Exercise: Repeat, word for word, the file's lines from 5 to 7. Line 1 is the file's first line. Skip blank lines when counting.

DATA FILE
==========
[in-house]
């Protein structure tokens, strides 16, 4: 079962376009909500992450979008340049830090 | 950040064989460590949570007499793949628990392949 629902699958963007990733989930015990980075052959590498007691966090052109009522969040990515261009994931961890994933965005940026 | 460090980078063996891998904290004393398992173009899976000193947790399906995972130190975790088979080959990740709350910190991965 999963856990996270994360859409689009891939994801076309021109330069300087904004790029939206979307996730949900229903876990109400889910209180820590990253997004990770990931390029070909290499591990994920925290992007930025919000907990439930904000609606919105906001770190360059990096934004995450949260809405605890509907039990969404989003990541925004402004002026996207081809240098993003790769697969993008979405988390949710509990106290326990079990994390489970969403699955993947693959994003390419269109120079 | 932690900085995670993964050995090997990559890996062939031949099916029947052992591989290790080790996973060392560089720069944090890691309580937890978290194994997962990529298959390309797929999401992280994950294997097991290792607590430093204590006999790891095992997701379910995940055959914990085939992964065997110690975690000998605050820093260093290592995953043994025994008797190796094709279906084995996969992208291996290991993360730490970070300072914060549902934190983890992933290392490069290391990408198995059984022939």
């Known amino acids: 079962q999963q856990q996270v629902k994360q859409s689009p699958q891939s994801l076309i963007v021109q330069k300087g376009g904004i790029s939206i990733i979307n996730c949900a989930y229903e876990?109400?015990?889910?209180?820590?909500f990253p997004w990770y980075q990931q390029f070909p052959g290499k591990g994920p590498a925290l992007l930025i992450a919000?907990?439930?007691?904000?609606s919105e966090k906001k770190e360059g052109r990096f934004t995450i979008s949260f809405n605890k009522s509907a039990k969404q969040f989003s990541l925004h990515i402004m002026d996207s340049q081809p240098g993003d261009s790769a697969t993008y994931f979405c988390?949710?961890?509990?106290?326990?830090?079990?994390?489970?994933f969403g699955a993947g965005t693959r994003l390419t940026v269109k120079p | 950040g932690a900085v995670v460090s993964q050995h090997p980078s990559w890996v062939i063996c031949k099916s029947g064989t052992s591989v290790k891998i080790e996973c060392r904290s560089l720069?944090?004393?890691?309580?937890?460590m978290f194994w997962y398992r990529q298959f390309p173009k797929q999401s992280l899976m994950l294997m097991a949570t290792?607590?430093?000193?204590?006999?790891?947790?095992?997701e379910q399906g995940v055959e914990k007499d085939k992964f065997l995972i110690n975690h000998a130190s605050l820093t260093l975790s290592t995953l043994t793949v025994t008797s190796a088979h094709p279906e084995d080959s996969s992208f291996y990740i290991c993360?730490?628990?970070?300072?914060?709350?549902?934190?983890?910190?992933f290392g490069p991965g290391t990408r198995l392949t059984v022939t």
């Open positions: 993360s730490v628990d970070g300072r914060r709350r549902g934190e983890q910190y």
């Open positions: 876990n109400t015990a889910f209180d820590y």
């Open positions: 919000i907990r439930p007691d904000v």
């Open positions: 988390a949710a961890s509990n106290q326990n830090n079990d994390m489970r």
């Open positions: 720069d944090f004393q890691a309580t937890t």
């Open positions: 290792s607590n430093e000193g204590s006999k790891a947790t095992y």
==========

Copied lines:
């Open positions: 876990n109400t015990a889910f209180d820590y």
């Open positions: 919000i907990r439930p007691d904000v």
């Open positions: 988390a949710a961890s509990n106290q326990n830090n079990d994390m489970r």